That’s incredible. And you scaled Beast Gear past multiple seven figures in just three years before selling it at a really good valuation. So what was going through your mind as you were scaling through this? Well, three years is a relatively short amount of time. In my opinion.

Ben Leonard 5:32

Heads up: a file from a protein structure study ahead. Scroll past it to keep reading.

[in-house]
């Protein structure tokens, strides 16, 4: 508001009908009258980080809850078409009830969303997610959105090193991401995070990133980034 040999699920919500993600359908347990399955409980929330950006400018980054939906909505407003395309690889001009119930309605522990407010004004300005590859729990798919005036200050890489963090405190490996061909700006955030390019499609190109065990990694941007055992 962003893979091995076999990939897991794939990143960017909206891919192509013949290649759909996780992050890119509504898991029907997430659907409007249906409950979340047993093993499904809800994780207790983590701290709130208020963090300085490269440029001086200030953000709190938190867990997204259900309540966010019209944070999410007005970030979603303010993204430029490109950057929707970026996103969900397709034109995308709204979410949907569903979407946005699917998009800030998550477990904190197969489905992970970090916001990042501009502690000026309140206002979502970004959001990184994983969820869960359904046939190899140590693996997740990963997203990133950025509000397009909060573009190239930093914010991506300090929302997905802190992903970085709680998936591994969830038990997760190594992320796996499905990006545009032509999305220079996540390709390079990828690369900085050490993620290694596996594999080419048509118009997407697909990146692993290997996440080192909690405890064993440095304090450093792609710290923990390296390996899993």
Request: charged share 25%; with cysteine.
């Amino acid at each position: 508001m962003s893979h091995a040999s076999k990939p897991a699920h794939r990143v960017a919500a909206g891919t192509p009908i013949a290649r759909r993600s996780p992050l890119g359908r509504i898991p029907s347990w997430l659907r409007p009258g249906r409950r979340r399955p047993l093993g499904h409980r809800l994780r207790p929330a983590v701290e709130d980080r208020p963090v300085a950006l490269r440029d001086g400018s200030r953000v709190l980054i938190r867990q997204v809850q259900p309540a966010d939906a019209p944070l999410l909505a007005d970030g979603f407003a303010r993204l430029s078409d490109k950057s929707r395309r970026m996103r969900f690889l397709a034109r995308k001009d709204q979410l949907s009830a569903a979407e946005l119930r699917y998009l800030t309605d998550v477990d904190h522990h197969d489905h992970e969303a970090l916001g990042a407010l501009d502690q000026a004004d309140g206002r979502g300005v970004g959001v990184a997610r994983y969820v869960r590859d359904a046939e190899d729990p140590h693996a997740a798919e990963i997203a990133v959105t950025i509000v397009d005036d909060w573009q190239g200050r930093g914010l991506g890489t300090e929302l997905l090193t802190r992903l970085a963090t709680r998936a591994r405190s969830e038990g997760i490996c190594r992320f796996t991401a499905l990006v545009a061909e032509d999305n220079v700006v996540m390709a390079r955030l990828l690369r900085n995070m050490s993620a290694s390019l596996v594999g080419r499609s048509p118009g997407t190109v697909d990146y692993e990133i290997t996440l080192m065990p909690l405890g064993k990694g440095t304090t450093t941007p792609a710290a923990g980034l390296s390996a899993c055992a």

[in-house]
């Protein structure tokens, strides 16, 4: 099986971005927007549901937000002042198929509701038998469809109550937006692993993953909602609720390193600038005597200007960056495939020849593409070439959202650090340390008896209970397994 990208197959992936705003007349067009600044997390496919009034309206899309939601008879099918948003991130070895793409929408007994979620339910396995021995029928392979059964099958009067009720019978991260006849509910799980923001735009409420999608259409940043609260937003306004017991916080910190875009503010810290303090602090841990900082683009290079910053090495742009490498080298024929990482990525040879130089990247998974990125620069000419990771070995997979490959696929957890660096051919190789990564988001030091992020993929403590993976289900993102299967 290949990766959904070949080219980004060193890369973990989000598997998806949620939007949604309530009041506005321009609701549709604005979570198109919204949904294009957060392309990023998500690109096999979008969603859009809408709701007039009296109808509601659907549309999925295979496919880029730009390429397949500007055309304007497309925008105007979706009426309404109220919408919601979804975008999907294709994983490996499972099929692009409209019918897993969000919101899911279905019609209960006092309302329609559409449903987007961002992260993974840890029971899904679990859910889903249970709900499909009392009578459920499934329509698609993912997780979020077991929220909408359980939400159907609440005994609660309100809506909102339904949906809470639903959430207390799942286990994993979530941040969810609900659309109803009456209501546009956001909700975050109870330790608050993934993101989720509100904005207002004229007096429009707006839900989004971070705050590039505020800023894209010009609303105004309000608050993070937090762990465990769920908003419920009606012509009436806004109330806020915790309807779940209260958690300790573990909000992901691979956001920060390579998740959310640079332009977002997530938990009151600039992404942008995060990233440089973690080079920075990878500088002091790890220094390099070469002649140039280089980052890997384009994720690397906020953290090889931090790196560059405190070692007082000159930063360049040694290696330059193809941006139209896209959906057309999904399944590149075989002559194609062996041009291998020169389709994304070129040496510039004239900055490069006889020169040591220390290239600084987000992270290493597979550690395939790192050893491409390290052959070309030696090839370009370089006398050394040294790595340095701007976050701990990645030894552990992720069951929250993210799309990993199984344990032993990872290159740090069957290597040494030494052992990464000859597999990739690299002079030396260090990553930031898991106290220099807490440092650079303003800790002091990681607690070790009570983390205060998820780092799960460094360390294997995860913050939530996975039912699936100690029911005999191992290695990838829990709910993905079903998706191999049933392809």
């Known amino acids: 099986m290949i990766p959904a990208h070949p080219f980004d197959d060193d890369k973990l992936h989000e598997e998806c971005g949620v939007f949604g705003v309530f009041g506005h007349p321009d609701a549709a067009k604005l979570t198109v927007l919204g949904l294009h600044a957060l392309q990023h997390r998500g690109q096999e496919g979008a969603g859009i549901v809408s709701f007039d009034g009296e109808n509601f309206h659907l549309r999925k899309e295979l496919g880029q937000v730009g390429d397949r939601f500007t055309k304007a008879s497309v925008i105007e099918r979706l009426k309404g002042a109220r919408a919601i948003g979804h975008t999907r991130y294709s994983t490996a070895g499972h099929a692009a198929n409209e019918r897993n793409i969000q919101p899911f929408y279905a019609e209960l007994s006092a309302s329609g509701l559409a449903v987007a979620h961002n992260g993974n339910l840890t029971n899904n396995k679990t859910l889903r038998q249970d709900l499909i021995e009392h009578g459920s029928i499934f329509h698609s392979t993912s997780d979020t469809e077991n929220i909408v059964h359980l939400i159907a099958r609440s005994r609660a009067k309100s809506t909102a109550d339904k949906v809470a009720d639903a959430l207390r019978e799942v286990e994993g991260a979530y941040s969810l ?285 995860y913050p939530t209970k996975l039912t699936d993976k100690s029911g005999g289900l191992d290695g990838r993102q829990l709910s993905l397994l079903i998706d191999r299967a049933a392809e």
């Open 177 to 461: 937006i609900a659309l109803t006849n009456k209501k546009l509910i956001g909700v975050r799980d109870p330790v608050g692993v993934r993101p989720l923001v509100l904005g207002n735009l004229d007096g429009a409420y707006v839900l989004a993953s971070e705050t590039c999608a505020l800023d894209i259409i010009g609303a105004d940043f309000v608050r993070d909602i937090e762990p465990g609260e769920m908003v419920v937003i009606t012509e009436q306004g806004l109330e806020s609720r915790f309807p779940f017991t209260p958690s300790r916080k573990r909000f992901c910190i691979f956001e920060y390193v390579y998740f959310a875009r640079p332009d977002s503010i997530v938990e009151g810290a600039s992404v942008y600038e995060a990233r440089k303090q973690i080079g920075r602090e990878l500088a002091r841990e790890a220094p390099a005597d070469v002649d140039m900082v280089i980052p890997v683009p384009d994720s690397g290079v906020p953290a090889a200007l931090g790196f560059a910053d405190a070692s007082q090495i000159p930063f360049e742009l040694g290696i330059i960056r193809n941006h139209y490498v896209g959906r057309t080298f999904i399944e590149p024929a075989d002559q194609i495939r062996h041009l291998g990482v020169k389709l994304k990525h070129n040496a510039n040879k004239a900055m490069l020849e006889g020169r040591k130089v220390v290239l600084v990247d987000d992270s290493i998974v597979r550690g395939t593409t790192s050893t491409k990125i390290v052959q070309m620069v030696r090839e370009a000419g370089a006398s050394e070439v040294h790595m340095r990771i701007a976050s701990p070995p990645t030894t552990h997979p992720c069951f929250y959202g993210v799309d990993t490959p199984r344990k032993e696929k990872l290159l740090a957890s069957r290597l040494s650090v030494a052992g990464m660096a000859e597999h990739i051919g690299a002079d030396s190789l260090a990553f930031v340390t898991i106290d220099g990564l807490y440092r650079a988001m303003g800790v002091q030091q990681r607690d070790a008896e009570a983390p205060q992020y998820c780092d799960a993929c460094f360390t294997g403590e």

Well, I mean, I must admit, when I founded the business, as I said, it was a hobby. And I had no background in business, right, I learned by doing and having a scientific background helped, right, because actually, the process through which I learned by doing was, try something, see what happens. Take the results, analyze those results, think about what they mean, and what you then need to tweak, right in your business. And I did that, whether it was product development, and improving products, or the marketing, or the logistics in the supply chain, every aspect of the business, I took that approach. And so what was originally quite a haphazard learn by doing approach turned into almost like a well-refined scientific approach, which I would rinse and repeat. And as I did this, the flywheel began to spin faster and faster, and the snowball began to get bigger and bigger. And it was working and the business was scaling. And so it became quite straightforward, really to do a couple things. One was, you know, after I’d launched the first few products, well, because I was my customer, I was the fitness fan who needed this equipment. I knew what other equipment I needed. And I was able to create a brand around a suite of products, which, you know, solved related problems for that customer, right, addressed their pain points and their challenges. And then it was a case of, well, once you’ve got several products, let’s bring them into new markets. So I expanded internationally. And that’s really the international expansion was really where the numbers started to grow. And it was, it was crazy, because like I said it was it started as a hobby, and then you know, you’re doing, you’re turning over millions of pounds. And for someone who had no background in business that was quite startling at first, you know, wow, this is achievable kind of thing.